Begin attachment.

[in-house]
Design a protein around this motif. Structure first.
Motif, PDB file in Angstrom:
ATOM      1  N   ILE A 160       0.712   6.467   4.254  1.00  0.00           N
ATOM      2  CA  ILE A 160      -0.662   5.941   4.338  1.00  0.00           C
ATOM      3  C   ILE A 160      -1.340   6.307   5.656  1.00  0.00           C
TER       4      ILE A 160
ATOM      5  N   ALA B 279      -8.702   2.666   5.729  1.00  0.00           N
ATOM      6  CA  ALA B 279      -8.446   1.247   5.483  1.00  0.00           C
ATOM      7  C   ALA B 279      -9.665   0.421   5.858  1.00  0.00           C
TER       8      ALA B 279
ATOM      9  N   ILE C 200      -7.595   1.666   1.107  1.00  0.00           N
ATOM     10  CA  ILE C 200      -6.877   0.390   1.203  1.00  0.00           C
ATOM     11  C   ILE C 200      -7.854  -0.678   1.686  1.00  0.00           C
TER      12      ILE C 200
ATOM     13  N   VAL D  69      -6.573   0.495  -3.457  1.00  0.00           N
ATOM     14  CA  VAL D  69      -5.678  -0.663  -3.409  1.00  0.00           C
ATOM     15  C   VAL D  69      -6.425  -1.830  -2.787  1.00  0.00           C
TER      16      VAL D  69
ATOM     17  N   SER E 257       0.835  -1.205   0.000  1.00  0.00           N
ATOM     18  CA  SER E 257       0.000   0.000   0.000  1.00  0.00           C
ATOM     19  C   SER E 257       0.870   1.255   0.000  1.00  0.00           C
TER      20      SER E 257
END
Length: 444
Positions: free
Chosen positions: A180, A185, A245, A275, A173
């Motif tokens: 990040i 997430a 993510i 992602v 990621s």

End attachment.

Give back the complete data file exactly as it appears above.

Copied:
[in-house]
Design a protein around this motif. Structure first.
Motif, PDB file in Angstrom:
ATOM      1  N   ILE A 160       0.712   6.467   4.254  1.00  0.00           N
ATOM      2  CA  ILE A 160      -0.662   5.941   4.338  1.00  0.00           C
ATOM      3  C   ILE A 160      -1.340   6.307   5.656  1.00  0.00           C
TER       4      ILE A 160
ATOM      5  N   ALA B 279      -8.702   2.666   5.729  1.00  0.00           N
ATOM      6  CA  ALA B 279      -8.446   1.247   5.483  1.00  0.00           C
ATOM      7  C   ALA B 279      -9.665   0.421   5.858  1.00  0.00           C
TER       8      ALA B 279
ATOM      9  N   ILE C 200      -7.595   1.666   1.107  1.00  0.00           N
ATOM     10  CA  ILE C 200      -6.877   0.390   1.203  1.00  0.00           C
ATOM     11  C   ILE C 200      -7.854  -0.678   1.686  1.00  0.00           C
TER      12      ILE C 200
ATOM     13  N   VAL D  69      -6.573   0.495  -3.457  1.00  0.00           N
ATOM     14  CA  VAL D  69      -5.678  -0.663  -3.409  1.00  0.00           C
ATOM     15  C   VAL D  69      -6.425  -1.830  -2.787  1.00  0.00           C
TER      16      VAL D  69
ATOM     17  N   SER E 257       0.835  -1.205   0.000  1.00  0.00           N
ATOM     18  CA  SER E 257       0.000   0.000   0.000  1.00  0.00           C
ATOM     19  C   SER E 257       0.870   1.255   0.000  1.00  0.00           C
TER      20      SER E 257
END
Length: 444
Positions: free
Chosen positions: A180, A185, A245, A275, A173
């Motif tokens: 990040i 997430a 993510i 992602v 990621s």